Read the entire review Here.

Then since good things come in threes, along came another review, this one by Sally Rosen Kindred for Connotation Press. Here's a snippet: "It’s hard not to open Diane Lockward’s fourth poetry book, Temptation by Water, without the feeling of wading in, wondering if the water’s warm. The wave cresting over the supine profile on the cover promises something that the book delivers: a submersion that is as complete as it is deliciously complicated. These poems play across the tender spectrum of temptation, from the pleasures of birds 'looping and soaring, cradled by air,' and 'a bowl of mushroom barley soup to slurp' and 'the sea/ like liquid emeralds,' to 'the hard shell” of grief.'"

Read the entire review Here.

As if all that weren't enough, Rattle featured a poem of mine from way back in 2001. I know that makes four good things. As I said, it's been a good spring so far. Check out The Study of Nature.

Monday, April 4, 2011

Paterson Poetry Reading

This past Saturday I attended the reading for the finalists for the 2010 Paterson Poetry Prize. The first place winner, Sherman Alexie, did not attend. But five of the seven finalists were there to read from their books:
  • Nin Andrews Southern Comfort (CavanKerry Press)
  • Gail Fishman Gerwin, Sugar and Sand (Full Court Press)  
  • Lowell Jaeger, Suddenly, Out of a Long Sleep (Arctos Press) 
  • Meg Kearney, Home by Now (Four Way Books) 
  • January Gill O’Neil, Underlife (CavanKerry Press)
They read in alphabetical order. I snapped some photos, so here they are.

First to read was Nin Andrews who came to NJ from Ohio with her husband. I've known and admired her work for years. I'd already bought and read Southern Comfort and enjoyed hearing the poems read by Nin. I've "known" Nin via her blog and was happy to meet her in person.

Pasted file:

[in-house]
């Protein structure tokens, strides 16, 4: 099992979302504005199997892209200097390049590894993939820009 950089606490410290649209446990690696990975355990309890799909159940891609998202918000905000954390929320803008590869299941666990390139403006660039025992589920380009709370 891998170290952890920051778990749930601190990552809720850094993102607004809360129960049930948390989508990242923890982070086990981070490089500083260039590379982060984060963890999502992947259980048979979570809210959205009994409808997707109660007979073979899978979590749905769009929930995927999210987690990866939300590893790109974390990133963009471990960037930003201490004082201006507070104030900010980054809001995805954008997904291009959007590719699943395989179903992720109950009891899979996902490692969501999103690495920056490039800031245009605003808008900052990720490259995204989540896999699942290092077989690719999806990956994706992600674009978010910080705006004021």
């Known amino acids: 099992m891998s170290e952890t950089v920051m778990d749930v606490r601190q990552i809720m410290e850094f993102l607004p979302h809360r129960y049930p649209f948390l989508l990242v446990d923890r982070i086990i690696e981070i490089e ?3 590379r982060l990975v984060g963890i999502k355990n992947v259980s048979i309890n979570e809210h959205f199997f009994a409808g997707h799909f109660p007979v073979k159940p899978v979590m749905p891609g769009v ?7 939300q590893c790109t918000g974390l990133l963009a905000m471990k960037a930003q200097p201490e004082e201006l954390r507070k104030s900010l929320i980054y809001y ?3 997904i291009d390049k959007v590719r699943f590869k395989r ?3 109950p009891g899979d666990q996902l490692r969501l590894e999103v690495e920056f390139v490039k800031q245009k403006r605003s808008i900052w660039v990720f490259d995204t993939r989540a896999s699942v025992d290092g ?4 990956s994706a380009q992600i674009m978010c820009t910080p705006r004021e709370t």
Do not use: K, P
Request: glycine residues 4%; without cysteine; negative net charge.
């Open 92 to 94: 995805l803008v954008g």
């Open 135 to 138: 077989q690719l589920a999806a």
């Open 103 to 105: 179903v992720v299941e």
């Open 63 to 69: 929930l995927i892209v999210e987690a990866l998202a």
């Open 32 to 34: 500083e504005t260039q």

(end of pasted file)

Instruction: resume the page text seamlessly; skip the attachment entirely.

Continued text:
Next was Gail Gerwin. I met Gail in 2008 when she attended a reading I gave at NY Life. We've been friends ever since. She lives in NJ, as do I, and has participated in the Girl Talk event I've run for the past four years.

Next was Lowell Jaegar, the lone male reader, who came all the way from Montana. You can't see it in the photo, but he has a braid down his back that reaches his waist. I'd read his work in journals and found I liked it even more when I heard Lowell read. His was the only book I don't already own, but it's on my next book order list.

Then came January O'Neil. I've also known January via the blog world and then had the pleasure of meeting her in person at the Dodge Poetry Festival in Newark this past fall. I'd read her book already but had never had the pleasure of hearing her read.

Meg Kearney is a poet I've known for quite a few years. We first met at The Frost Place in New Hampshire. At that time Meg was living in NYC and working for the National Book Foundation. We read together at the Warren County Poetry Festival in 2003, and she later invited me to read for Verse Circus, a series she ran in NY. She is now the Director of the Pine Manor MFA program, and, since taking that position, has moved to New Hampshire. I have all of her books and always love to hear her read.

Group shot: Meg Kearney, Nin Andrews, January O'Neil, Maria Mazziotti Gillan (director of the Paterson Poetry Center), Gail Fishman Gerwin, Lowell Jaeger, and photographer H.A. Jennings